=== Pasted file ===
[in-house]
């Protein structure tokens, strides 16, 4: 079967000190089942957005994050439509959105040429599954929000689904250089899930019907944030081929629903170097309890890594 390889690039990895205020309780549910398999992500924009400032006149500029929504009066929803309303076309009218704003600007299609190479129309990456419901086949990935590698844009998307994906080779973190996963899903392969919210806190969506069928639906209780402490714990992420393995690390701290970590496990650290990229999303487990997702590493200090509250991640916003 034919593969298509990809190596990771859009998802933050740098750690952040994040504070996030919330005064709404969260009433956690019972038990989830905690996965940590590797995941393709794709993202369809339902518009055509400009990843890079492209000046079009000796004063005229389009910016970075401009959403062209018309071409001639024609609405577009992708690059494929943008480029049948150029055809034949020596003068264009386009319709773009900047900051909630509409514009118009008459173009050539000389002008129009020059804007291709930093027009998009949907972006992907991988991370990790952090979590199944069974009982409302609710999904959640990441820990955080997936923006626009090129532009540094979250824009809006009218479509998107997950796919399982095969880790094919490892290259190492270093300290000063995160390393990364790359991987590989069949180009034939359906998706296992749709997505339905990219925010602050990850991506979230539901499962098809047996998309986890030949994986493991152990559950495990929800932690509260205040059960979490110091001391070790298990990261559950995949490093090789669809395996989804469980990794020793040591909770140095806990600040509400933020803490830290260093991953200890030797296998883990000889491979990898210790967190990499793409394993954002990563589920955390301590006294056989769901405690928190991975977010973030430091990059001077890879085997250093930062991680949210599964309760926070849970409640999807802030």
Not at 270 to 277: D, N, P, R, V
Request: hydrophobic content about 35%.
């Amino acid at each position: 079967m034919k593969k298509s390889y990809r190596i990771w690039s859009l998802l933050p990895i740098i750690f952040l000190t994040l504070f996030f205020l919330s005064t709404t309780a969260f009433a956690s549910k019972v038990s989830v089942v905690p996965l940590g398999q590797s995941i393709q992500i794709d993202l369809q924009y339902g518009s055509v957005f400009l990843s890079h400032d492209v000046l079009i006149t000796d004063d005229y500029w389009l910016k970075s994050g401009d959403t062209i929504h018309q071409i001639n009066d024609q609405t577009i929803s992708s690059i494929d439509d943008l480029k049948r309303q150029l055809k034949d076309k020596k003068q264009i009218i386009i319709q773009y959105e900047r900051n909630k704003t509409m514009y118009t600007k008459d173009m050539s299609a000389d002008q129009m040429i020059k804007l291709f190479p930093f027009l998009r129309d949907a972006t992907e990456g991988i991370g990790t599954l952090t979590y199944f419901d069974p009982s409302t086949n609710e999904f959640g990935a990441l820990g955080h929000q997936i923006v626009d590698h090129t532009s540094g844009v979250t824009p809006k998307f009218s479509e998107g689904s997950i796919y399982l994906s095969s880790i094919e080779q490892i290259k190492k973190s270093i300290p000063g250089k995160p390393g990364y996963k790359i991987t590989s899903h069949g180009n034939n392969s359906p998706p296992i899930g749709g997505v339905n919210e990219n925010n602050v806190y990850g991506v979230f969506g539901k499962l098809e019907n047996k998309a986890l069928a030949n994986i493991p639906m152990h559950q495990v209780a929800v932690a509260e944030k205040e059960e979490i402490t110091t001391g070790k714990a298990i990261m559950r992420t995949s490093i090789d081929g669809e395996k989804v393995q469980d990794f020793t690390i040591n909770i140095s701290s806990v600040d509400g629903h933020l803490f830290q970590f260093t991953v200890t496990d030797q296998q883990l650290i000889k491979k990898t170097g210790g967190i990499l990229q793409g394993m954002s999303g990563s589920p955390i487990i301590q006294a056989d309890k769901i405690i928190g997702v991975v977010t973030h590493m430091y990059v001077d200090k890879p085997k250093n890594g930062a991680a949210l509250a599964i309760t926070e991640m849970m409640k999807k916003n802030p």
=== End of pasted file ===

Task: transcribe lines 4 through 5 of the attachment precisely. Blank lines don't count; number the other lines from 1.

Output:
Request: hydrophobic content about 35%.
């Amino acid at each position: 079967m034919k593969k298509s390889y990809r190596i990771w690039s859009l998802l933050p990895i740098i750690f952040l000190t994040l504070f996030f205020l919330s005064t709404t309780a969260f009433a956690s549910k019972v038990s989830v089942v905690p996965l940590g398999q590797s995941i393709q992500i794709d993202l369809q924009y339902g518009s055509v957005f400009l990843s890079h400032d492209v000046l079009i006149t000796d004063d005229y500029w389009l910016k970075s994050g401009d959403t062209i929504h018309q071409i001639n009066d024609q609405t577009i929803s992708s690059i494929d439509d943008l480029k049948r309303q150029l055809k034949d076309k020596k003068q264009i009218i386009i319709q773009y959105e900047r900051n909630k704003t509409m514009y118009t600007k008459d173009m050539s299609a000389d002008q129009m040429i020059k804007l291709f190479p930093f027009l998009r129309d949907a972006t992907e990456g991988i991370g990790t599954l952090t979590y199944f419901d069974p009982s409302t086949n609710e999904f959640g990935a990441l820990g955080h929000q997936i923006v626009d590698h090129t532009s540094g844009v979250t824009p809006k998307f009218s479509e998107g689904s997950i796919y399982l994906s095969s880790i094919e080779q490892i290259k190492k973190s270093i300290p000063g250089k995160p390393g990364y996963k790359i991987t590989s899903h069949g180009n034939n392969s359906p998706p296992i899930g749709g997505v339905n919210e990219n925010n602050v806190y990850g991506v979230f969506g539901k499962l098809e019907n047996k998309a986890l069928a030949n994986i493991p639906m152990h559950q495990v209780a929800v932690a509260e944030k205040e059960e979490i402490t110091t001391g070790k714990a298990i990261m559950r992420t995949s490093i090789d081929g669809e395996k989804v393995q469980d990794f020793t690390i040591n909770i140095s701290s806990v600040d509400g629903h933020l803490f830290q970590f260093t991953v200890t496990d030797q296998q883990l650290i000889k491979k990898t170097g210790g967190i990499l990229q793409g394993m954002s999303g990563s589920p955390i487990i301590q006294a056989d309890k769901i405690i928190g997702v991975v977010t973030h590493m430091y990059v001077d200090k890879p085997k250093n890594g930062a991680a949210l509250a599964i309760t926070e991640m849970m409640k999807k916003n802030p």